**butterwo@cassatt.cs.unc.edu (Jeff Butterworth)** (09/29/89)

As a physics major and computer programmer, I've spent much of my life scratching away with pencil and paper, creating equations that would choke a horse. Some of these babies take three lines of notebook paper and contain every special squiggle my math professor could dig out of his medieval calculus torture books. I know that premature arthritis has always been a healthy part of every scientist's training, but I've suffered long enough. What I want to know is, is there any editor out there that will allow me to manipulate equations and other mathematical symbols? It doesn't have to do any calculations at all. (That's my job.) I just want to be able to do my homework on the computer, like all the English and Psych majors. Surely there's something that will let me do the basic word processing tasks like cutting and pasting, but will also let me type in a messy fraction and then put a square root sign around it. The only kind of program that I've seen that comes close is a paint program. I wouldn't mind creating all of the special symbols in mac-draw, but actually putting them together in each new situation would be a tedious nightmare. And I'm not even going to go near complicated text formating packages like eqn for UNIX. Those require more time to use than just grabbing a no.2 pencil and a sheet of notebook paper, and the encoded info is far from WYSIWYG. I would prefer something for the IBM PC, but I would even hop on a Mac or X-Windows if I could type in equations. Can anyone give me some pointers? Thanks in advance. P.S. Please respond through e-mail if possible. If there is sufficient response, then I will post a summary to the net. ------------------------------------------------------------------------------- "Between two evils, I always choose the one I haven't tried." - Mae West Jeff Butterworth Home: 509 N. Columbia St., Chapel Hill, NC 27516 (919) 933-1394 School: 235 Sitterson, UNC-Chapel Hill, NC 27599 (919) 962-1719 butterwo@cs.unc.edu Work: Data General (Graphics Group), Research Triangle Park, NC butterwo@dg-rtp.dg.com -------------------------------------------------------------------------------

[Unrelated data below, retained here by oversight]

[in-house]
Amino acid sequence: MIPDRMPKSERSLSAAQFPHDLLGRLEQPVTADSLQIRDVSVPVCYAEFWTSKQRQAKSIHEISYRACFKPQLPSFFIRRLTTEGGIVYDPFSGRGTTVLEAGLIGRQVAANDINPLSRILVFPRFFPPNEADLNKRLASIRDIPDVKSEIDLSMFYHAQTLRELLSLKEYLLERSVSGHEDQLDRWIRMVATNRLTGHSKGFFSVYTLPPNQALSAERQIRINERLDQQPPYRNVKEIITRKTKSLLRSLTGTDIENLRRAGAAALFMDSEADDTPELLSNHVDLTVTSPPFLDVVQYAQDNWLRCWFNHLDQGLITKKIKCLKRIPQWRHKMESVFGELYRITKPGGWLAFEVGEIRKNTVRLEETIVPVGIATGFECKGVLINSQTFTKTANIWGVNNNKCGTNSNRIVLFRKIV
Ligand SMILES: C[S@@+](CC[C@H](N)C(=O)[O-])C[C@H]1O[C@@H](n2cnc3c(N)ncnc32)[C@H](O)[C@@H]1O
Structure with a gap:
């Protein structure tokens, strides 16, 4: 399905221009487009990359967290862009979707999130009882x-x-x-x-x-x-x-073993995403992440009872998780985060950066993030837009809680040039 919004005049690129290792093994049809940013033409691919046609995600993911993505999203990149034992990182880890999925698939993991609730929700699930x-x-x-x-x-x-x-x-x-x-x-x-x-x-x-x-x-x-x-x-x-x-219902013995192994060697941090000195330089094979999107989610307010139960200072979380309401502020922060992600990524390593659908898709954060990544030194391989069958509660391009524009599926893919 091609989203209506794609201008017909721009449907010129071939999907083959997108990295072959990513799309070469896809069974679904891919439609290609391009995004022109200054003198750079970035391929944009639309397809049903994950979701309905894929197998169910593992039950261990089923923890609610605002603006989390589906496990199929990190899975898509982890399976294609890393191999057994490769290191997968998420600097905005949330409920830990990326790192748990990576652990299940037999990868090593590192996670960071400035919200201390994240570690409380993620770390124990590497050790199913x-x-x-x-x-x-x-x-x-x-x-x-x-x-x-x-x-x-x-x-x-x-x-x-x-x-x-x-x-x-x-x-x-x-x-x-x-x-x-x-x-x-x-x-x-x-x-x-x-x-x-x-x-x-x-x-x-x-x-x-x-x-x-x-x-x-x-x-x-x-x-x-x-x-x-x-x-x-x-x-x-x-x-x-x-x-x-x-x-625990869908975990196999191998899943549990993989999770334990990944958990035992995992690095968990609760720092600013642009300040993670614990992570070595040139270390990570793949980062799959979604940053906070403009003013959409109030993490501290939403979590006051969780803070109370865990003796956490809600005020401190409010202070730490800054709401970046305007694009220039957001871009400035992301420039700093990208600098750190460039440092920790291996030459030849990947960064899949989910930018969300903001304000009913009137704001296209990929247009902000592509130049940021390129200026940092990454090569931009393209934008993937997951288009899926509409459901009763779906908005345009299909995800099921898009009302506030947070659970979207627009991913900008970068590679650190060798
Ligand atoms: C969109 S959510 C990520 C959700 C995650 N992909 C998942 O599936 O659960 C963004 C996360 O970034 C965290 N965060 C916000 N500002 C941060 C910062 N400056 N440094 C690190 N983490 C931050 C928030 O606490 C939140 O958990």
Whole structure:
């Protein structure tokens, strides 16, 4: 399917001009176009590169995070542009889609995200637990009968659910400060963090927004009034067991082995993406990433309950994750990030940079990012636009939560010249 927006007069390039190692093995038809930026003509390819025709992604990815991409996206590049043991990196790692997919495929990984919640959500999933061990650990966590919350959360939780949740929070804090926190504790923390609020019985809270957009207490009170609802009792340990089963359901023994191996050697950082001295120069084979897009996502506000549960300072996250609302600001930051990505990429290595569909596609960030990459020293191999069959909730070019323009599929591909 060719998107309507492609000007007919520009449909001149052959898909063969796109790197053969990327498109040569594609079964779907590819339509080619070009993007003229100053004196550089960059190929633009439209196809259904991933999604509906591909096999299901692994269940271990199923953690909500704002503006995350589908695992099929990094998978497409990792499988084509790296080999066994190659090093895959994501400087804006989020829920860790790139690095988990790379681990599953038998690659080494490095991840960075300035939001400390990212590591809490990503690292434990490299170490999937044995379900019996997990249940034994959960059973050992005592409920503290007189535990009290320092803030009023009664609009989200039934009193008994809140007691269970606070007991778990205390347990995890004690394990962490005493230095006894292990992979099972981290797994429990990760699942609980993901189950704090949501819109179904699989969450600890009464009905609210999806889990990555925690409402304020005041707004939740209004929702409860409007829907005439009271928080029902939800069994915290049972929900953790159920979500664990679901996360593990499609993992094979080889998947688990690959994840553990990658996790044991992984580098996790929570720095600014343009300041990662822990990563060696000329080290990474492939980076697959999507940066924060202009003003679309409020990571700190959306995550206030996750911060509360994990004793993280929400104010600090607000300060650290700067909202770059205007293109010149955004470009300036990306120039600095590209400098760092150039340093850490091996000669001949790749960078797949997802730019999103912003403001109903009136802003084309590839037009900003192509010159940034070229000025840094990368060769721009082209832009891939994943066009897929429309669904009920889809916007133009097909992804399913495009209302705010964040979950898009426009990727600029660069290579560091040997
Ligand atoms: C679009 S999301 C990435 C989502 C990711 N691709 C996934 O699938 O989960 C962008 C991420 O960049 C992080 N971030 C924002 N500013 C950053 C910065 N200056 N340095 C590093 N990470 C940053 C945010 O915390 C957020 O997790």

**wilkins@jarthur.Claremont.EDU (Mark Wilkins)** (10/01/89)

Yeah, there is something roughly like what you want in a couple of forms on the Macintosh. Two programs I know of, MathType and Expressionist, allow you to create mathematical expressions laid out properly on the page and export them to word processing programs. I am not too sure of MathType's capabilities, but Expressionist allows you to do such things as define your own symbols and even will produce text-only output in eqn format, Microsoft Word's equation format, or TeX format. When you open the Expressionist desk accessory you are faced with a blank work area and a palette of different mathematical constructs off to one side. You click on, say, an integral symbol, and an integral sign appears, allowing you to fill in boxes with limits of integration and the integrand. MathType allows certain things to be done more easily, such as closed path integrals, but Expressionist produces more pleasing output, especially on laser printers, and has an easier-to-use interface for more basic stuff. I do not know who publishes MathType, but Expressionist is published by Allan Bonadio Associates. Both are advertised fairly regularly in MacWorld. If access to a Mac is not a problem, either of these packages will make you wonder how you ever got along before. -- Mark Wilkins (wilkins@jarthur.claremont.edu)

**usenet@cps3xx.UUCP (Usenet file owner)** (10/03/89)